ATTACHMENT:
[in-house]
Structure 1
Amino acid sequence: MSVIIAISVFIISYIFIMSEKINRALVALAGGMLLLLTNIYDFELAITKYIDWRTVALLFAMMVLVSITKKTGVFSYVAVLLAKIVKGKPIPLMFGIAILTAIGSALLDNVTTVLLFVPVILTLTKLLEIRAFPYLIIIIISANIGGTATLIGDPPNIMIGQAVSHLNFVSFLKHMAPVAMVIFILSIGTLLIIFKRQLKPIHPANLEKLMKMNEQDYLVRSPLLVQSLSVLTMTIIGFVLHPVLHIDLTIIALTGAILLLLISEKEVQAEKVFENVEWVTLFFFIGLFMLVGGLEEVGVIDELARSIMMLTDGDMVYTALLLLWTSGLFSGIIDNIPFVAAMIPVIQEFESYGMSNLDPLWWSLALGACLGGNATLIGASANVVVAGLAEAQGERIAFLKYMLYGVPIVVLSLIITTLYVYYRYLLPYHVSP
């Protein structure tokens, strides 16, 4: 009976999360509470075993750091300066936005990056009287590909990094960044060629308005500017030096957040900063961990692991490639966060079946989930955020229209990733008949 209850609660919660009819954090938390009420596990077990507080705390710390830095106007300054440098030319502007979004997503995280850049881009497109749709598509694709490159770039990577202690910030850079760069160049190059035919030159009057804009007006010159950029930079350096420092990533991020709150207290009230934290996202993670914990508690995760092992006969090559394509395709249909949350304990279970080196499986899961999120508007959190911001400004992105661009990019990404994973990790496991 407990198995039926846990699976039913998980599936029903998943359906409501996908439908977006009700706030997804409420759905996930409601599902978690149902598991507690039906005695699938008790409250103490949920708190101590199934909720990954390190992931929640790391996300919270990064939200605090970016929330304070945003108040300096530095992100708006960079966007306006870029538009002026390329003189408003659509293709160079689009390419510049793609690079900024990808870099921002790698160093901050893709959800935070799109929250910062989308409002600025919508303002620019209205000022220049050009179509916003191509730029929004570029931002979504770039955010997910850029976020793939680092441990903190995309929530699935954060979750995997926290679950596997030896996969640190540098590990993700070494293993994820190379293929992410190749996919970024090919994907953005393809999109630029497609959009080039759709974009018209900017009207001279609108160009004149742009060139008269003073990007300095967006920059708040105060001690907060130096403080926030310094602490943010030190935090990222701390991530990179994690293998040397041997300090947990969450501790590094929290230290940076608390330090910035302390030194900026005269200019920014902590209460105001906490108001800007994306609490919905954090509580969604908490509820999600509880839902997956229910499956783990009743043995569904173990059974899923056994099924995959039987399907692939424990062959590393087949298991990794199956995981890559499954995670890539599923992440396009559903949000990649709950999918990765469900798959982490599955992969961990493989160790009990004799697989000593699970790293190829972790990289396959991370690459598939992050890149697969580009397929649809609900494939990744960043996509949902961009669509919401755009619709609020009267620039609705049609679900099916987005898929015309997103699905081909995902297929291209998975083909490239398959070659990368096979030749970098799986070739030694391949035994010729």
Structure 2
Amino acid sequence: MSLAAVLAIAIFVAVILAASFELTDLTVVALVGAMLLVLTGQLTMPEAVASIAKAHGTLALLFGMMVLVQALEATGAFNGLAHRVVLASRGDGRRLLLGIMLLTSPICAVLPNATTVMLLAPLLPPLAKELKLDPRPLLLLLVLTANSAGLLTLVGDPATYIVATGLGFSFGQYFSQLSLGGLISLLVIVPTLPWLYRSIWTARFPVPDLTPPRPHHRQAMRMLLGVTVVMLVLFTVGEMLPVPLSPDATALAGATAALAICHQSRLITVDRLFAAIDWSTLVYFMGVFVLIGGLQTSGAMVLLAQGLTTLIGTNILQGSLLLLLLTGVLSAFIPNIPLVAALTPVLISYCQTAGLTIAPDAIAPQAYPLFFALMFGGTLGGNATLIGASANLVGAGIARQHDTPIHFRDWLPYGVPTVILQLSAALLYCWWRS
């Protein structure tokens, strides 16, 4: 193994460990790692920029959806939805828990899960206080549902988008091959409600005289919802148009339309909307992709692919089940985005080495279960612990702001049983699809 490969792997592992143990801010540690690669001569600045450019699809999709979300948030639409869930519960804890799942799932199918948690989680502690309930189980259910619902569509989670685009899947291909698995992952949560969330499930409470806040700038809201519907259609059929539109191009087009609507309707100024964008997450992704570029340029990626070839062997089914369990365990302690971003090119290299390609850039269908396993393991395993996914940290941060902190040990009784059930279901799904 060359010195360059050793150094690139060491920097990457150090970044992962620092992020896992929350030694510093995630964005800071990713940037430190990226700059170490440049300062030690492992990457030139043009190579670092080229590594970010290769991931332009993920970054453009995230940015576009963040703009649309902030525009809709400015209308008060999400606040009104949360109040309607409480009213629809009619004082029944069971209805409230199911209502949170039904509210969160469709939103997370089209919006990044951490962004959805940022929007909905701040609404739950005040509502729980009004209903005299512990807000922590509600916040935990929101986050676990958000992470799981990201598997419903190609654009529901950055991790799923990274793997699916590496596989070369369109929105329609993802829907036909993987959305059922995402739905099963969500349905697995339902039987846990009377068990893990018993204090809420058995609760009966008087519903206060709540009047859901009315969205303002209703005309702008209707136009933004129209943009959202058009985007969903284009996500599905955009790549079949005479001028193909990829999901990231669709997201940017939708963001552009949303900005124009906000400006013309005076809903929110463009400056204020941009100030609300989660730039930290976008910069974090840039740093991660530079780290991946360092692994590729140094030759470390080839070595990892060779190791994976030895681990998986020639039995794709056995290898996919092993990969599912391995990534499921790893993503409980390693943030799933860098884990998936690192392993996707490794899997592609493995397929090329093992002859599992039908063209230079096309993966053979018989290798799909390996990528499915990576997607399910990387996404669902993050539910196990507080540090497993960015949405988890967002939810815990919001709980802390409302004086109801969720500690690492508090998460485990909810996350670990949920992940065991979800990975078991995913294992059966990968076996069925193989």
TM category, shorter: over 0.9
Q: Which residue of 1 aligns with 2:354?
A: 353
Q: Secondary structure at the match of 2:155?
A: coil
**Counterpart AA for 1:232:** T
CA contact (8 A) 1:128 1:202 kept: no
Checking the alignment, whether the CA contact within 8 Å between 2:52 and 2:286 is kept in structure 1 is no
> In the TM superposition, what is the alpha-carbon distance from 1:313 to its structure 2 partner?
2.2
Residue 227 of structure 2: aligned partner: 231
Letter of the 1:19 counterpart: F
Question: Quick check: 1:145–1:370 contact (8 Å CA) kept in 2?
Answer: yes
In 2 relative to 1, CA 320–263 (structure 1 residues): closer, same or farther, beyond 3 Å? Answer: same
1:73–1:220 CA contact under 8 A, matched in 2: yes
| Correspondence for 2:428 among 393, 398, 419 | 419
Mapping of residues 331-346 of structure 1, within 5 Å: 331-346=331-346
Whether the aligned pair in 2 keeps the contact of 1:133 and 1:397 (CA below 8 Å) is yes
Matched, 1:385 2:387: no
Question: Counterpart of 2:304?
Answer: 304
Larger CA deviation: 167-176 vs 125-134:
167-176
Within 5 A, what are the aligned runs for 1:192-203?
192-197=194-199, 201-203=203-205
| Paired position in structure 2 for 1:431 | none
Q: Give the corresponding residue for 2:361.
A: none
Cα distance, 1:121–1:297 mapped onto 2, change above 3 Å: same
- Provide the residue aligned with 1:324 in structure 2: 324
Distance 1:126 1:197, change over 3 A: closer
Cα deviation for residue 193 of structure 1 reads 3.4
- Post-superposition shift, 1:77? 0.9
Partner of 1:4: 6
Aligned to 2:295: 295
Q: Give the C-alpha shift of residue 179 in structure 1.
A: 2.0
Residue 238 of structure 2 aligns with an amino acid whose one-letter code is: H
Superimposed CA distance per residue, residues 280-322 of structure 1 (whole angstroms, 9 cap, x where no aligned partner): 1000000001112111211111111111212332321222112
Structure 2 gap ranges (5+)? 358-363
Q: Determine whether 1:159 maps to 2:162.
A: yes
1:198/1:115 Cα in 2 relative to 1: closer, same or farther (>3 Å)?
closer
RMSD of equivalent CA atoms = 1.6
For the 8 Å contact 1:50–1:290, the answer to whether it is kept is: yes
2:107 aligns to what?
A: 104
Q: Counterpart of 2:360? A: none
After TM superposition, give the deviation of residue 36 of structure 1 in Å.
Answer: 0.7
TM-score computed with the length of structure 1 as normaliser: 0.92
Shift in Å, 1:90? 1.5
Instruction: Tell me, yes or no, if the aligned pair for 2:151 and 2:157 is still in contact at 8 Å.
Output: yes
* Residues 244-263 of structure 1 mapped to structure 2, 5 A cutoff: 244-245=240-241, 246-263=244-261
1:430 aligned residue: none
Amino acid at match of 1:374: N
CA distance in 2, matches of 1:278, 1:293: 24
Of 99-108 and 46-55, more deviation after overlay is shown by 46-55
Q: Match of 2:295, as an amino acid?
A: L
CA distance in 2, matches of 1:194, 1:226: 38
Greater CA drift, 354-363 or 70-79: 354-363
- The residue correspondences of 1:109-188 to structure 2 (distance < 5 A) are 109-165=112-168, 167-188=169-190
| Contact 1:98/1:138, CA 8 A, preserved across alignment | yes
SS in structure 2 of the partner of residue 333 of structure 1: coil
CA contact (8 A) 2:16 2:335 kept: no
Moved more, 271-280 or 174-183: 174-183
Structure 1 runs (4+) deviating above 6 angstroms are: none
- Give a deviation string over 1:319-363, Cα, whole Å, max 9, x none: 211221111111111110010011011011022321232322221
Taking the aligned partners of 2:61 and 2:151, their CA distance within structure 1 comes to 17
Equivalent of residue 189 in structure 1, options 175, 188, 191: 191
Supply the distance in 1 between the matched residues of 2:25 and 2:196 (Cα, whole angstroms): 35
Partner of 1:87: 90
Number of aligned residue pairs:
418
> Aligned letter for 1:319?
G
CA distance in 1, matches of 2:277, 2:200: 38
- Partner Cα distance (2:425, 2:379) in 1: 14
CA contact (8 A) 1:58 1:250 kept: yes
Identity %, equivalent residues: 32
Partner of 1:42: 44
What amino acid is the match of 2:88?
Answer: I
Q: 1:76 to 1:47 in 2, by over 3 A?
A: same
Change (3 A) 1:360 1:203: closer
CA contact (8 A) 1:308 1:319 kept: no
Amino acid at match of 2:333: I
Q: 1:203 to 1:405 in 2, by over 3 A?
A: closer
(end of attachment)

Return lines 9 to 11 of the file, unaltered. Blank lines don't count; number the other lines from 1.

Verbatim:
Q: Which residue of 1 aligns with 2:354?
A: 353
Q: Secondary structure at the match of 2:155?